Everything That Rises Must Converge

O’Connor, Flannery. Everything That Rises Must Converge. New York: The Library of America, 1988.

Reason read: September is Southern Writers Month.

Flannery O’Connor’s short stories are like the crack of the whip dangerously close to your head. Sometimes humorous, sometimes peculiar, often times violent, but always breathtakingly true. Imagine the nervous laughter that bubbles up when you realize that whip has missed your face. You laugh because you want it to be a skillful miss as opposed to a clumsy mistake. Imagine the quirkiness of characters who are dangerously misunderstood. There is always something a little sinister about O’Connor. She enjoys the abrupt turn of events that take her readers by surprise. She holds us witness to the good, the bad, and the ugly of humanity.
Everything That Rises Must Converge is a compilation of nine short stories:

  • “Everything That Rises Must Converge” – we start with the discomfort of a mother’s obvious prejudice.
  • “Greenleaf” – a fight over property and propriety.
  • “A View of the Woods” – a punch to the gut when you least expect it.
  • “The Enduring Chill” – another tale about an overbearing mother.
  • “The Comforts of Home” – mother and son disagree about taking a brash girl into their home.
  • “The Lame Shall Enter First” – a widower tried to take in a second son with horrible results.
  • “Revelation” – another story heavy on the racism.
  • “Parker’s Back” – a man obsessed with tattoos
  • “Judgement Day” – an elderly and racist father is terrified of dying in New York City.

Quotes I liked, “There was a continuous thud in the back of Asbury’s head as if his heart and got trapped in it and was fighting to get out” (p 565), and “Behind the newspaper Julian was withdrawing into the inner compartment of his mind where he spent most of his time” (p 603), and “In addition to her other bad qualities, she was forever sniffing up sin” (p 655).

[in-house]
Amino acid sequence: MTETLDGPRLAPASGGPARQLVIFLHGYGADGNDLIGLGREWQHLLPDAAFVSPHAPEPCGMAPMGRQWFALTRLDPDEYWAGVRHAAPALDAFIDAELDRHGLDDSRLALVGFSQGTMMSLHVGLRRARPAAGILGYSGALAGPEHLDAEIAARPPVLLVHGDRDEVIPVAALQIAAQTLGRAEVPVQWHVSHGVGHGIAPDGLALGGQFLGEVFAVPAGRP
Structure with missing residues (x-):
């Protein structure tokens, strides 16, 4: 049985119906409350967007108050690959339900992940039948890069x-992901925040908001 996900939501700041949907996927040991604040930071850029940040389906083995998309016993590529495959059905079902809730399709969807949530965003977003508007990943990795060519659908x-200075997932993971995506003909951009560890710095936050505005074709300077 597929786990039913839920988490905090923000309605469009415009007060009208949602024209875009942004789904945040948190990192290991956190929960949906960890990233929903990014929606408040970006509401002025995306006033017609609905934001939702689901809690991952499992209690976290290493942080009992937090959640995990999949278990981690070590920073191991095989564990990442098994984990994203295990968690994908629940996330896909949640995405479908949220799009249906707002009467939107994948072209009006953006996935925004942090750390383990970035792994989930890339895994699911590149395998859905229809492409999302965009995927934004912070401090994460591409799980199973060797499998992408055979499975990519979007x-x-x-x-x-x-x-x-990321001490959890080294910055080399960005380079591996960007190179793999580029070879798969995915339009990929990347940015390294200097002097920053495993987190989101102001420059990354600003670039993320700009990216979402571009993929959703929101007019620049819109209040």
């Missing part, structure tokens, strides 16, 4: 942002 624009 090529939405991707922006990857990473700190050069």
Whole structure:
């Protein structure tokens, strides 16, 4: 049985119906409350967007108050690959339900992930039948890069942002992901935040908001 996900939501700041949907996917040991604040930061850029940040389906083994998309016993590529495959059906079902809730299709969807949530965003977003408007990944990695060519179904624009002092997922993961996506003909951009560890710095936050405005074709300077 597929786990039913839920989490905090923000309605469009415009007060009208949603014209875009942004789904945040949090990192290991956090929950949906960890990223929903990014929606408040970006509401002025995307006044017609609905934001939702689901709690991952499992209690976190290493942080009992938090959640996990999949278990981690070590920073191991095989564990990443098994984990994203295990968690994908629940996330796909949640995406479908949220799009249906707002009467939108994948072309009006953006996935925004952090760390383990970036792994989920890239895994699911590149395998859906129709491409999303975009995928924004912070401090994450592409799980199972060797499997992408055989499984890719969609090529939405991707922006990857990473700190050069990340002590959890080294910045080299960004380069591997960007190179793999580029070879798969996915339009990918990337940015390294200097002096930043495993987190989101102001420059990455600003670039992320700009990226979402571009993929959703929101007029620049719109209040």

Author fact: Flannery O’Connor died too young at the age of thirty-nine. Imagine the books and stories she could have written had she lived to a hundred!

Nancy said: Pearl didn’t say anything specific about Everything That Rises Must Converge in “Growing Writers” or “Southern Fiction” but she did mention O’Connor as a great fiction-writer and a classic.

BookLust Twist: from Book Lust twice. Once in the chapter called “Growing Writers” (p 107), and again in the chapter called “Southern Fiction” (p 222).


A Good Man Is Hard to Find

O’Connor, Flannery. Collected Works. Sally Fitzgerald, ed. Library of America, 1988.

A Good Man is Hard to Find is a compilation of ten short stories by Flannery O’Connor. In order they are “A Good Man is Hard to Find”, “The River”, “The Life You Save might Be Your Own”, “A Stroke of Good Fortune”, “A Temple of the Holy Ghost”, “The Artificial Nigger”, “A Circle in the Fire”, “A Late Encounter with the Enemy”, “Good Country People”, and “The Displaced Person.” All ten stories have three significant things in common: a Southern twang, underlying religious tones and lots of interesting and deep characters with problems, some problems more obvious and serious than others. The title, A Good Man is Hard to Find comes from the first short story in the compilation (my favorite) and is a phrase first uttered by a restaurant owner outside of Atlanta, Georgia. He is discussing a serial killer on a rampage last seen somewhere in Florida. The rest of the stories center mostly in the rural areas surrounding the south, especially Atlanta, Georgia.

Favorite lines: From “A Good Man in Hard to Find” – “the trees were full of silver-white sunlight and the meanest of them sparkled” (p 138).
From “The River” – “He seemed to be mute and patient, like an old sheepdog waiting to be let out” (p 155).
From “The Life You Save Might Be Your Own” – “She was ravenous for a son-in-law” (p 177).
From” “A Stroke of Good Fortune” – “…in a voice of sultry subdued wrath” (p 184. Okay, that wasn’t a complete sentence but I liked the wording. From “Good Country People” – “She took all his shame away and turned it into something useful” (p 276).

Author Fact: Flannery O’Connor continues to inspire people in all forms of artistry. Just Google her name and see the interesting things that pop up.

Book Trivia: A Good Man Is Hard to Find was referenced in an 1994 episode of the Simpsons.

BookLust Twist: From Book Lust in the chapter called “Grit Lit” (p 106).